The ‘natural’ solution might not be best when your wildlife isn’t natural

Many ecosystems have been degraded or modified, and these are the sorts of systems you target for restoration. But when a system has been altered so much the original species might not be the best choice to bring it back to health. Therefore, says Thomas Jones, you need to look at alternative species.

The Dry Aral Sea
The Dry Aral Sea. Francois de Halleux / Flickr

A paper from BioScience has caught my eye. In Ecologically Appropriate Plant Materials for Restoration Applications Thomas Jones argues that restoration might go better sometimes if you bring in some novel species to a site. What I find interesting is that it tackles the question what does it mean to ‘restore’ an ecosystem? My initial reaction is put it back as it was, but the ecosystem that was there was the product of centuries of interactions. Perhaps putting the final ingredients into a place and expecting a working ecosystem is like expecting some eggs, sugar and flour to spontaneously become a cake.

Bringing in novel species might sound like giving up on restoration and replacing the ecosystem instead. Jones shows that it’s not the case. The abstract includes this section which explains:

Ecologically appropriate plant materials are those that exhibit ecological fitness for their intended site, display compatibility with other members of the plant community, and demonstrate no invasive tendencies. They may address specific environmental challenges, rejuvenate ecosystem function, and improve the delivery of ecosystem services. Furthermore, they may be improved over time, thereby serving to ameliorate the increasingly challenging environments that typify many restoration sites.

In the paper Jones says that, for some ecosystems, local has value rather than local is best. Following this way of thinking, you introduce novel plants so that you can support the local material. If you think of an ecosystem as a whole system, instead of a collection of parts, then this extra support is a success rather than an intrusion. It also helps acknowledge that ecosystems are rarely oases isolated from anywhere else. The restored system might well have novel neighbours. The new species could help make the restored system more robust to challenges from outside.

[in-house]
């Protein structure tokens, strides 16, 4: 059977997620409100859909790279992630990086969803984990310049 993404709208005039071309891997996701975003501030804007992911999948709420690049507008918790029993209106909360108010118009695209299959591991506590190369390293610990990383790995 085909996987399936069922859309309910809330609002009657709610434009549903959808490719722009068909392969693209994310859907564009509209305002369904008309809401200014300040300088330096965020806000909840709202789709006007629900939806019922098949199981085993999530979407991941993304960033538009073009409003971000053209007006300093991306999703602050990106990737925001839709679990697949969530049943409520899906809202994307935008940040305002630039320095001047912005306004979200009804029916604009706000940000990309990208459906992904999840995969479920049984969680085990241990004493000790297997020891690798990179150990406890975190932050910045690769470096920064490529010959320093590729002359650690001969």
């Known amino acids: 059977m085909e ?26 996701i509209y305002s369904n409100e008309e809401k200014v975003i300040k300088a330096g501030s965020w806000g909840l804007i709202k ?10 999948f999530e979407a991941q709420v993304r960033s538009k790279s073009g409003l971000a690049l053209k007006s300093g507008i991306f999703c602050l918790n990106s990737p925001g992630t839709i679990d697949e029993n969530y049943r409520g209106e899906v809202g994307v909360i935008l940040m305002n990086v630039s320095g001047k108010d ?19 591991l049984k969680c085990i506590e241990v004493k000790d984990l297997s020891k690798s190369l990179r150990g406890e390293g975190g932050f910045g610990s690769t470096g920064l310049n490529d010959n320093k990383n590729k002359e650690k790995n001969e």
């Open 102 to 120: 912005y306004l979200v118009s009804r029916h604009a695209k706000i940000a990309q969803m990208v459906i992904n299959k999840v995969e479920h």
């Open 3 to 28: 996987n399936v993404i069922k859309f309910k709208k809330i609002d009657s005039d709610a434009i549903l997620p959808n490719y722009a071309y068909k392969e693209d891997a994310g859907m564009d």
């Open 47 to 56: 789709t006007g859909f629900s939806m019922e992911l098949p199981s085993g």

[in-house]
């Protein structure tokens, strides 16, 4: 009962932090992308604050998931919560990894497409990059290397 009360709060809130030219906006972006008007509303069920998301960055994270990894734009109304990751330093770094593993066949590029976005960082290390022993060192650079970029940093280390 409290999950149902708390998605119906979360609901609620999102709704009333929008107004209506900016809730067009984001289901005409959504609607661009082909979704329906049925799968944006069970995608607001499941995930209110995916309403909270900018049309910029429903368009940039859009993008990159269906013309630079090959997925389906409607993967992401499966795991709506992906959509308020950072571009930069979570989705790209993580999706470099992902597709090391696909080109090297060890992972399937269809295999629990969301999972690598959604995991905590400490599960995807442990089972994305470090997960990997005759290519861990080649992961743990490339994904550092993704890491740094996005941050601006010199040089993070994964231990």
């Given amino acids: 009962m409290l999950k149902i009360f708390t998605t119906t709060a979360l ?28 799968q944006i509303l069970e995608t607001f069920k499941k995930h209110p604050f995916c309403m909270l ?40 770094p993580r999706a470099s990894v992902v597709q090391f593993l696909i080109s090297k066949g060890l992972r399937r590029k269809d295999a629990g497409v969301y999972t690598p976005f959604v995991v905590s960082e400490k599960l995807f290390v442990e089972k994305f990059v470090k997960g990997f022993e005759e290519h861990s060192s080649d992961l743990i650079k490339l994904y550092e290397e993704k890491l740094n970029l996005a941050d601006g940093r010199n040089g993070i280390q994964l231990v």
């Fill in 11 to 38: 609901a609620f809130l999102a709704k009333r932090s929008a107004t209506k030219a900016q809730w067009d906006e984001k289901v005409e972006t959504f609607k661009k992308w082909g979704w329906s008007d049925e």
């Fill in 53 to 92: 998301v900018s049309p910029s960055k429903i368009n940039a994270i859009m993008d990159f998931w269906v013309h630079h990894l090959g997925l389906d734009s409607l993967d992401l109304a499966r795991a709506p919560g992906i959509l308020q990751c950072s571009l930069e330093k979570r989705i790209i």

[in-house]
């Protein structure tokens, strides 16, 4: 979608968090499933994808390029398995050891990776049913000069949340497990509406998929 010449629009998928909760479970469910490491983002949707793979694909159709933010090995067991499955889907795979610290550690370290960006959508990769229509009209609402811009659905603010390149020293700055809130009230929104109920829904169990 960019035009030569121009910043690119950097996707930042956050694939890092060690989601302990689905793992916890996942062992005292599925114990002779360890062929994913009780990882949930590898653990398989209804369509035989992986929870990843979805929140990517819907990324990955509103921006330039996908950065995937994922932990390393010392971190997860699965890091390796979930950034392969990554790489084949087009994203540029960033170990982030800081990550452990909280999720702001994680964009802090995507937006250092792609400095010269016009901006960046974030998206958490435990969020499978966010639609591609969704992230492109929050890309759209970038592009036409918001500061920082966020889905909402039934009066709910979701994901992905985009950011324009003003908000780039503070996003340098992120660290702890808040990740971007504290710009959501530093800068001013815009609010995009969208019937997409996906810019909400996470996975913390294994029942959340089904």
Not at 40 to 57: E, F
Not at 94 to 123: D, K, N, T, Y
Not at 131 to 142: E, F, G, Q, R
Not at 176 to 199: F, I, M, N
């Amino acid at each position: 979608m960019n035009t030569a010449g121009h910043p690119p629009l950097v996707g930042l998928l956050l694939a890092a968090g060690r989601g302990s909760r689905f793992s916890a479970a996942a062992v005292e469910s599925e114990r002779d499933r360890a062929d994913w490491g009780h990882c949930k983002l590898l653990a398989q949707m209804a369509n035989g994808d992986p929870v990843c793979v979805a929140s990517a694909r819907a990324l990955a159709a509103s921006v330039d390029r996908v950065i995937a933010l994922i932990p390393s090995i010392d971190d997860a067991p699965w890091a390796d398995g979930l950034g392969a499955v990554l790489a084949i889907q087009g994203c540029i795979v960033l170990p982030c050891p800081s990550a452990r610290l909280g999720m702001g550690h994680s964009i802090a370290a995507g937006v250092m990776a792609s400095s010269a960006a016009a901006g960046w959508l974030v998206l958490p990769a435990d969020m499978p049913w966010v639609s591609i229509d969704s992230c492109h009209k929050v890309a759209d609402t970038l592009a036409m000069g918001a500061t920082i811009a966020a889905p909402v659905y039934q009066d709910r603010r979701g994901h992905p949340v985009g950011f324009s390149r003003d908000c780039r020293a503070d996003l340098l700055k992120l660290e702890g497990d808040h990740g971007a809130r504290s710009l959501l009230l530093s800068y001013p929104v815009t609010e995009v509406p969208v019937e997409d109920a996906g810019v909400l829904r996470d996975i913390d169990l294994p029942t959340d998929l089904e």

Another factor is ecosystems aren’t binary between natural and broken. They change with human activity. The longer they’ve been exposed to human activity the farther from natural they move. If the ecosystem you’re restoring isn’t strictly natural then how do you work out what natural is? Jones points out ecosystems are dynamic and not always in stasis.

If Jones is right then restoration is not the same as preservation.

This thought may be disturbing to preservationists, who may view anything less than entirely local plant material as an unwise exchange of restoration orthodoxy for a “slippery slope.” Nevertheless, one cannot continue to rely solely on local genotypes simply because they are local and theoretically best adapted if experience demonstrates otherwise.

It certainly bothers me. The question then becomes do you do what works, or what you wish would work? It’s a good paper and, as I write, free access so definitely worth a visit to read.


The Dry Aral Sea by Francois de Halleux / Flickr. [cc]by-nc-nd[/cc]


Jones T. (2013). Ecologically Appropriate Plant Materials for Restoration Applications, BioScience, 63 (3) 211-219. DOI:

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